Serviceplan France CCO and joint partner Dimitri Guerassimov explains how Andros’ ‘Autism Can Work’ programme is changing lives, businesses and even state policy
Andros launched the ‘Autism Can Work’ programme with Serviceplan France in September 2017. As they describe it, it’s “the first care program that is also a career program.” The French food company, known for making fruit-based products such as jams, juices and desserts, took a bold risk by hiring autistic people in its factories, on the same terms as any other worker.
It turned out that these employees were as productive and efficient as any worker. With a job and a salary, like any citizen, they became much happier and independent in society.
Launched with a digital toolkit platform where recruiters could find information about the Andros experiment, it has since made great progress. On top of transforming people’s lives, it also even picked up a Bronze Lion at Cannes in June, in the Brand Experience & Activation category.
LBB’s Alex Reeves checked in with Dimitri Guerassimov, chief creative officer and joint partner at Serviceplan France, to hear more about the project and find out how it was developing.
LBB> How did the idea with Andros come about?
DG> From working with autistic people in France for a long time came the insight that they are often misunderstood and mistreated: what we think of as being their disorders can in fact be seen in a different light. And that by changing our way to see people with autism, we can change the way we treat them.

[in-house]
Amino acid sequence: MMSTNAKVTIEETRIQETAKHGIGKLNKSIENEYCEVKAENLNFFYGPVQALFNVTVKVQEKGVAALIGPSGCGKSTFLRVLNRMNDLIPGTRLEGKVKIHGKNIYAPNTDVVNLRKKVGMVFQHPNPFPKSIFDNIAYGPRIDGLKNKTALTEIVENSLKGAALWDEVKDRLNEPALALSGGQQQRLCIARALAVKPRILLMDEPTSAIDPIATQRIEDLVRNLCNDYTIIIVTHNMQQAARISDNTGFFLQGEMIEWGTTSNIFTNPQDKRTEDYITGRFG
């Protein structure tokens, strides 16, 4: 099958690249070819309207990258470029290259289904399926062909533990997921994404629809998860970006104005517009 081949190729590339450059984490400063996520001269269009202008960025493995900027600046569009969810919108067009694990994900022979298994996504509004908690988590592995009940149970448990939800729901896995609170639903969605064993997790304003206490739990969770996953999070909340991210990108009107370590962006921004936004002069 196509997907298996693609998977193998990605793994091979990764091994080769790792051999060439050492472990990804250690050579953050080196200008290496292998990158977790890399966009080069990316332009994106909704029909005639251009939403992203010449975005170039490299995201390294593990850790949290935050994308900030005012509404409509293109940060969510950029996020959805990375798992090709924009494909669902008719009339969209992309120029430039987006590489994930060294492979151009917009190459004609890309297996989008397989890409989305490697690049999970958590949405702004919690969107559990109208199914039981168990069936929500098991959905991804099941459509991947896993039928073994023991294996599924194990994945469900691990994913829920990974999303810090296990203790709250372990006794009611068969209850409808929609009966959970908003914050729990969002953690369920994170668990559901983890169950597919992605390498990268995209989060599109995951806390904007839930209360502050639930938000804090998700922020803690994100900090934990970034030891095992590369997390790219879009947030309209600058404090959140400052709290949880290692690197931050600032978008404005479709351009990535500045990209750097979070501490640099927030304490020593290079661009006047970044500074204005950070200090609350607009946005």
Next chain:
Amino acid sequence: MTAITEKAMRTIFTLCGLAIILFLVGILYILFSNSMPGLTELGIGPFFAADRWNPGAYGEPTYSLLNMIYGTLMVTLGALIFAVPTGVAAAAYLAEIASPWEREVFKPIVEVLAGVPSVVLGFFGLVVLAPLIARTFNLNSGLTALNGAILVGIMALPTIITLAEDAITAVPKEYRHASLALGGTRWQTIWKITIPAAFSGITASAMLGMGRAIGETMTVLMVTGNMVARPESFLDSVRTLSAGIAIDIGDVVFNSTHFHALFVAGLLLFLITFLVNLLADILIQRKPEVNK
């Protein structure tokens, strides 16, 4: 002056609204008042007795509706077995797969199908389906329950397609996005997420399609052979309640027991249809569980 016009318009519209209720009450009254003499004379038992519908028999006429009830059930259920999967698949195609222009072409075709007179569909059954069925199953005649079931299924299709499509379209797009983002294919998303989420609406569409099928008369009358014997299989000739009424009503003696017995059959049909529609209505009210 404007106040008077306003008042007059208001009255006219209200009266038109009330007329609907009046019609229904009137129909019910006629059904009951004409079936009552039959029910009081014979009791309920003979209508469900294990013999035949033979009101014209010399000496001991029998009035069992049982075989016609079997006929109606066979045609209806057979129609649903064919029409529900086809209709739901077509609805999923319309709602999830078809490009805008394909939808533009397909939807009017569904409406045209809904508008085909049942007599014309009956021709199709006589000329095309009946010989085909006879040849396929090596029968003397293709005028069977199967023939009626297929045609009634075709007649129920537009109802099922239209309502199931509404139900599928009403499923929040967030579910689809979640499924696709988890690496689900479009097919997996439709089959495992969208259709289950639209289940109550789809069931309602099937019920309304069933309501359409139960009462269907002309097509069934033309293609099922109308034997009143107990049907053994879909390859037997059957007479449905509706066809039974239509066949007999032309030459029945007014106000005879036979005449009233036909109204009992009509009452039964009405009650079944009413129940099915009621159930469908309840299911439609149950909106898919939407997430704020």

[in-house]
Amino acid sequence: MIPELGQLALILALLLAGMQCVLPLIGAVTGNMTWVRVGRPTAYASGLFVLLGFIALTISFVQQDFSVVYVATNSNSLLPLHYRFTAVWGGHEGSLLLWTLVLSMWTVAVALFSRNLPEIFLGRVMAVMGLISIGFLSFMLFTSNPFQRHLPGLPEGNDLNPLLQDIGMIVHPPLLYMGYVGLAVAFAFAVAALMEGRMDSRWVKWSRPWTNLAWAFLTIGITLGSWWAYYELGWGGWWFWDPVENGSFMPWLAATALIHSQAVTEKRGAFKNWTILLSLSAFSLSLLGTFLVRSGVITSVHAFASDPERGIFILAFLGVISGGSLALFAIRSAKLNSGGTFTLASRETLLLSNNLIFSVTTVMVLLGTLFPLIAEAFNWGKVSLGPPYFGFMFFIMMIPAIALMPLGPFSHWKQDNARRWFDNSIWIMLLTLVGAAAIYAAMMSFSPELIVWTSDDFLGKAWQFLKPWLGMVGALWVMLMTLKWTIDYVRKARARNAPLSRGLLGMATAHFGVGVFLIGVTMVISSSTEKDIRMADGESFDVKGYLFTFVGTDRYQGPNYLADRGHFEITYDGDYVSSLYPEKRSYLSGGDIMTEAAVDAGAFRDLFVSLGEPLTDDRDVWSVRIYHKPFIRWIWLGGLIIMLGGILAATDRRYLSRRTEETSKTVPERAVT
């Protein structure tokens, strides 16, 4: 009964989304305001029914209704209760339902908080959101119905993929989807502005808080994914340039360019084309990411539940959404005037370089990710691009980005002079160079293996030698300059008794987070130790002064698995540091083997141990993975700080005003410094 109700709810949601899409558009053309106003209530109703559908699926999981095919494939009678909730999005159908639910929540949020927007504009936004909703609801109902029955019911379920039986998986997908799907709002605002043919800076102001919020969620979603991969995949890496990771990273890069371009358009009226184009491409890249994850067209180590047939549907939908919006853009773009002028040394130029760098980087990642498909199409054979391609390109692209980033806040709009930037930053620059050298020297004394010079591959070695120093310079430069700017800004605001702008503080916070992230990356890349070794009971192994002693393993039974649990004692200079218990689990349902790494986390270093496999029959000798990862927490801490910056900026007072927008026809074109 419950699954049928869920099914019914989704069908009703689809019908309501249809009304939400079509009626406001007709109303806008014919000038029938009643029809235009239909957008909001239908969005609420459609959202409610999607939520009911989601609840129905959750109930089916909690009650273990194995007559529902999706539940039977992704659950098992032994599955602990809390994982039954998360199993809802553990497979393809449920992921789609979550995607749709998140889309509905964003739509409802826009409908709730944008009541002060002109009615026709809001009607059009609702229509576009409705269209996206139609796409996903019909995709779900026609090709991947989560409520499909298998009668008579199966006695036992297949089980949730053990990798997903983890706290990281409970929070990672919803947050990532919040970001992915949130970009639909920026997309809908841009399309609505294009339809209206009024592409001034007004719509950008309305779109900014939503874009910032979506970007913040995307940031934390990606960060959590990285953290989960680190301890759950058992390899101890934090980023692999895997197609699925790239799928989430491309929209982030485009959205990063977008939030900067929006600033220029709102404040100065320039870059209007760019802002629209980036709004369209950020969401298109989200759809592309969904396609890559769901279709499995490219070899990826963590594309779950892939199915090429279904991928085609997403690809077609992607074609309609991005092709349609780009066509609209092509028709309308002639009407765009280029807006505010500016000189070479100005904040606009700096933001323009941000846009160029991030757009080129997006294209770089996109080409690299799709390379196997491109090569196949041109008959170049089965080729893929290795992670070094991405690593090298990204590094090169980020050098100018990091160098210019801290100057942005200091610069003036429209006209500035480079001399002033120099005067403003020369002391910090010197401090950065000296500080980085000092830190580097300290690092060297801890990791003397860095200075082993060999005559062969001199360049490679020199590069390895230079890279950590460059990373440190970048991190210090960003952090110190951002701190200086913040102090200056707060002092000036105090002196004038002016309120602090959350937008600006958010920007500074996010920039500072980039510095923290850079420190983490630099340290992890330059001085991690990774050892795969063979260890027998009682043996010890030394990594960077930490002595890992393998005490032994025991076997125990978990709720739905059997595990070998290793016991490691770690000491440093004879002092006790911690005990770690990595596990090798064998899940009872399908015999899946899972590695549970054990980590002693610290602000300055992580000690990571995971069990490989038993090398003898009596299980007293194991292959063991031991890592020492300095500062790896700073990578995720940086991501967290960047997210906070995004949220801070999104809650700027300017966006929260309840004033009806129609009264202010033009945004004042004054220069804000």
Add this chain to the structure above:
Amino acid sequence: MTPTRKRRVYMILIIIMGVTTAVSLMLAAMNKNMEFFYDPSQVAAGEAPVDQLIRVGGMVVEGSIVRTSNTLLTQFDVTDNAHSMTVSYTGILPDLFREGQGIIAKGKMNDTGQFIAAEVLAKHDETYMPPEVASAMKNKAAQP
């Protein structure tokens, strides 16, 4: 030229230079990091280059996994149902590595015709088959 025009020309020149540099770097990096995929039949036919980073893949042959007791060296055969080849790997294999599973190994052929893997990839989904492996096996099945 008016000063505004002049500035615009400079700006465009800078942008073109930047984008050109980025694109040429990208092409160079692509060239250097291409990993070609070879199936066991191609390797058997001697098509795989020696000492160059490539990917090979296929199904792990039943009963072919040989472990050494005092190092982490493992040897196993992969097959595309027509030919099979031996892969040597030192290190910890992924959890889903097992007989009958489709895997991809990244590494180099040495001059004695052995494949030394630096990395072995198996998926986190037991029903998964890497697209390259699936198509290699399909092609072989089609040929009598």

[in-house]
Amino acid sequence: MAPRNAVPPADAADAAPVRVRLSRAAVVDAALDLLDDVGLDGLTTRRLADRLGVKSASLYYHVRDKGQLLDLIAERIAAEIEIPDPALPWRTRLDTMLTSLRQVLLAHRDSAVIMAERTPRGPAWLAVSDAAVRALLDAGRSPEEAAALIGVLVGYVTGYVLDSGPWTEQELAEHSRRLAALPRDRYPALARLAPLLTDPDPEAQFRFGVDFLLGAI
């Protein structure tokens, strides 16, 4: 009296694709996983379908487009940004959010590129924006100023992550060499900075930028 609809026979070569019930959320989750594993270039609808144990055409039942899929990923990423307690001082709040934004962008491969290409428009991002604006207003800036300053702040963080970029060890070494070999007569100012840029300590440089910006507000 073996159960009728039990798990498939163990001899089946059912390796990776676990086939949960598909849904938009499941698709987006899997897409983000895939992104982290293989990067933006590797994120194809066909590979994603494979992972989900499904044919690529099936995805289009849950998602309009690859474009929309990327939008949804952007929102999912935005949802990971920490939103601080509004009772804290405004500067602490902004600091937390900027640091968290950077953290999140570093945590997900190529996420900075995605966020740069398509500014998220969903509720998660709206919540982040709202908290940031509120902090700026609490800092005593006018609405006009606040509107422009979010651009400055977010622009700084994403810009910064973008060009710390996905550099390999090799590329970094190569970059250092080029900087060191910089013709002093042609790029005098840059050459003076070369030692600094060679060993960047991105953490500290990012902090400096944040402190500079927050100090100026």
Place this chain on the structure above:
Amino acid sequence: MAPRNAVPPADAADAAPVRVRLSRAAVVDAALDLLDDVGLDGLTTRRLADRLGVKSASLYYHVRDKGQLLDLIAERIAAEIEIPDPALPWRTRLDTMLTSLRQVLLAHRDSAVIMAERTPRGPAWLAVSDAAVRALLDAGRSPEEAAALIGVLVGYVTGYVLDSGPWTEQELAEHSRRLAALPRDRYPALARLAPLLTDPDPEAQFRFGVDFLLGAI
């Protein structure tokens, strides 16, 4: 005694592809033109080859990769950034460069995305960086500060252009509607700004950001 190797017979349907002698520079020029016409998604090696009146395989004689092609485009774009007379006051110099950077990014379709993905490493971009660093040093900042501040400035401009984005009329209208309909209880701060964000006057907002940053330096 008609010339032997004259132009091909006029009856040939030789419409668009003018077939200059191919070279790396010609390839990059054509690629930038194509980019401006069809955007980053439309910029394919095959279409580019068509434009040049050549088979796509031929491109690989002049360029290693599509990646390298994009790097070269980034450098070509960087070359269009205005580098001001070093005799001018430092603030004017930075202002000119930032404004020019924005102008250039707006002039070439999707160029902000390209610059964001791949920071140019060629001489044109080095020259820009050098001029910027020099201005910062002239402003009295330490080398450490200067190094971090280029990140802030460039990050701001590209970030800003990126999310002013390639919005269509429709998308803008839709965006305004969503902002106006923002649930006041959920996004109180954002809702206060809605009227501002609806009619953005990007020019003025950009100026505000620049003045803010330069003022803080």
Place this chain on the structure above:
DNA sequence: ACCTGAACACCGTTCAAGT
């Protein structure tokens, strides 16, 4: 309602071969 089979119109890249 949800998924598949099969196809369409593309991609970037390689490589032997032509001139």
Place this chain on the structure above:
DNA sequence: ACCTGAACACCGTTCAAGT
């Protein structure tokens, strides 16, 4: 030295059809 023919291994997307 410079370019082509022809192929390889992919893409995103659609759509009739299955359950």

LBB> How did it develop into the way you eventually implemented the programme and what were the main considerations along the way?
DG> With Andros, one of our founding clients, we created an SEO programme that helps the cause of people with autism by demonstrating that, in fact, what we see as their disorders can be seen as very useful skills. And we are not talking about the few brilliant people with Asperger syndrome, who are employed in the area of cyber-security or similar roles, but about the big majority of them: people with severe non-verbal autism. The ones that are parked in care centres, and considered impossible to socialise or employ.
LBB> How has the programme developed since it launched?
DG> This isn’t a marketing stunt, but a long term commitment from Andros. So the initiative to hire people with severe autism in Andros’ factories started to be implemented a few years ago, and the Autism Can Work programme is the latest evolution of this initiative. The aim of this programme is to provide companies in France with the help and tools needed to hire people with Autism. This is a first-of-its-kind programme in France.
LBB: What were the biggest lessons you've taken from the experience?
DG> The biggest lesson is that you have to push forward the ideas in which you deeply believe, despite the obstacles and the naysayers. Thanks to what has been accomplished, we now know not only that it is possible to deeply change the everyday life of people with severe autism, but also that it is possible to give them a fulfilling life and a real social value.
LBB> What is the most recent development? Are you hoping to take it further?
DG> A giant leap was made in April this year, when the French government publicly endorsed Andros’ initiative because it helps to drastically reduce the cost of people with severe autism for the state. Prior to the government launching a €340 million strategy to improve the rights of people with autism, the French state’s treatment of autistic people had been denounced by the United Nations as being ‘50 years behind’ the rest of the world.
So to take it further, we need to encourage more and more companies to hire people with deep autism: the programme is only starting to spread its wings. And there is a lot to gain for companies, the state, and of course people with severe autism.
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